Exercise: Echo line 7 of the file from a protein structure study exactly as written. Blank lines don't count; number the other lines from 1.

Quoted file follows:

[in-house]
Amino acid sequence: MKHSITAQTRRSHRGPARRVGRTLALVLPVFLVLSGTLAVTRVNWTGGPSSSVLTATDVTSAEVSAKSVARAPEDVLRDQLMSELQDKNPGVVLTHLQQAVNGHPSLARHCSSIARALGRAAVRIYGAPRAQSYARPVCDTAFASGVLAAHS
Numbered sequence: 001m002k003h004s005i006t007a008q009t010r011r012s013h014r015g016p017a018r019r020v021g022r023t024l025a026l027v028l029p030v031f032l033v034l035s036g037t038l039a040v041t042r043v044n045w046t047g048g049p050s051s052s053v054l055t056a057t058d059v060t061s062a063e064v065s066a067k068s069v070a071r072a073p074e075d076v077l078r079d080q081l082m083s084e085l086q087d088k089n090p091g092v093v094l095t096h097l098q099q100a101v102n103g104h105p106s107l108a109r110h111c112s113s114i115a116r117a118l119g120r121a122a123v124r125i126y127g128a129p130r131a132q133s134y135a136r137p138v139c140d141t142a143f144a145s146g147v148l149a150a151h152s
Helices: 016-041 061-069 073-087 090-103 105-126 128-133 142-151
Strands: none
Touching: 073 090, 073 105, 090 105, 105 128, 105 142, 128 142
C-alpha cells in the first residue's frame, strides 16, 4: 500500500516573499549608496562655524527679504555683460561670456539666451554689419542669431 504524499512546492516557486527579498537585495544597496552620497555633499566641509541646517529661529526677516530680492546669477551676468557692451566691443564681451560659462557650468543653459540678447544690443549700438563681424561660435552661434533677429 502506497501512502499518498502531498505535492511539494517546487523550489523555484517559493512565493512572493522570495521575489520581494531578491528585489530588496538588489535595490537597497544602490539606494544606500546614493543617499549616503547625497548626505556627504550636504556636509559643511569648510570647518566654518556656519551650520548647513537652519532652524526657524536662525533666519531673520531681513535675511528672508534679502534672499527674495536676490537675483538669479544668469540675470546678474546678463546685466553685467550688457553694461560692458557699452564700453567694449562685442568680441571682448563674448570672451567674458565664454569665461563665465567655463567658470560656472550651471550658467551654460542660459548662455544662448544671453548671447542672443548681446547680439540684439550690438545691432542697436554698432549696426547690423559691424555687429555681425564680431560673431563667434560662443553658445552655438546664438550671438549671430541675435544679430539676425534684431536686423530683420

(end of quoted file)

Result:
C-alpha cells in the first residue's frame, strides 16, 4: 500500500516573499549608496562655524527679504555683460561670456539666451554689419542669431 504524499512546492516557486527579498537585495544597496552620497555633499566641509541646517529661529526677516530680492546669477551676468557692451566691443564681451560659462557650468543653459540678447544690443549700438563681424561660435552661434533677429 502506497501512502499518498502531498505535492511539494517546487523550489523555484517559493512565493512572493522570495521575489520581494531578491528585489530588496538588489535595490537597497544602490539606494544606500546614493543617499549616503547625497548626505556627504550636504556636509559643511569648510570647518566654518556656519551650520548647513537652519532652524526657524536662525533666519531673520531681513535675511528672508534679502534672499527674495536676490537675483538669479544668469540675470546678474546678463546685466553685467550688457553694461560692458557699452564700453567694449562685442568680441571682448563674448570672451567674458565664454569665461563665465567655463567658470560656472550651471550658467551654460542660459548662455544662448544671453548671447542672443548681446547680439540684439550690438545691432542697436554698432549696426547690423559691424555687429555681425564680431560673431563667434560662443553658445552655438546664438550671438549671430541675435544679430539676425534684431536686423530683420